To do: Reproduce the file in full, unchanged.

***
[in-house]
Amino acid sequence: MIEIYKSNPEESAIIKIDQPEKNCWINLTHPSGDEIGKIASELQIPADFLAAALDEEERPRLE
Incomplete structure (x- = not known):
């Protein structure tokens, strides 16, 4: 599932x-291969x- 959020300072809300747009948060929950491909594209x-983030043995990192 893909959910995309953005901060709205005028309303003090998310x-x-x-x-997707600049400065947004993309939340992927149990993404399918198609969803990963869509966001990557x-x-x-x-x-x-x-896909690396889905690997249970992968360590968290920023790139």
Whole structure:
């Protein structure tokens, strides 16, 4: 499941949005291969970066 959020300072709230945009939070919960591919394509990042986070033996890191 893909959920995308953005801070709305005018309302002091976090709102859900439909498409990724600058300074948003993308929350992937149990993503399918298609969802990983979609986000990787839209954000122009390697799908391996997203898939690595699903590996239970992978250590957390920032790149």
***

[in-house]
Amino acid sequence: MIEIYKSNPEESAIIKIDQPEKNCWINLTHPSGDEIGKIASELQIPADFLAAALDEEERPRLE
Incomplete structure (x- = not known):
């Protein structure tokens, strides 16, 4: 599932x-291969x- 959020300072809300747009948060929950491909594209x-983030043995990192 893909959910995309953005901060709205005028309303003090998310x-x-x-x-997707600049400065947004993309939340992927149990993404399918198609969803990963869509966001990557x-x-x-x-x-x-x-896909690396889905690997249970992968360590968290920023790139």
Whole structure:
């Protein structure tokens, strides 16, 4: 499941949005291969970066 959020300072709230945009939070919960591919394509990042986070033996890191 893909959920995308953005801070709305005018309302002091976090709102859900439909498409990724600058300074948003993308929350992937149990993503399918298609969802990983979609986000990787839209954000122009390697799908391996997203898939690595699903590996239970992978250590957390920032790149």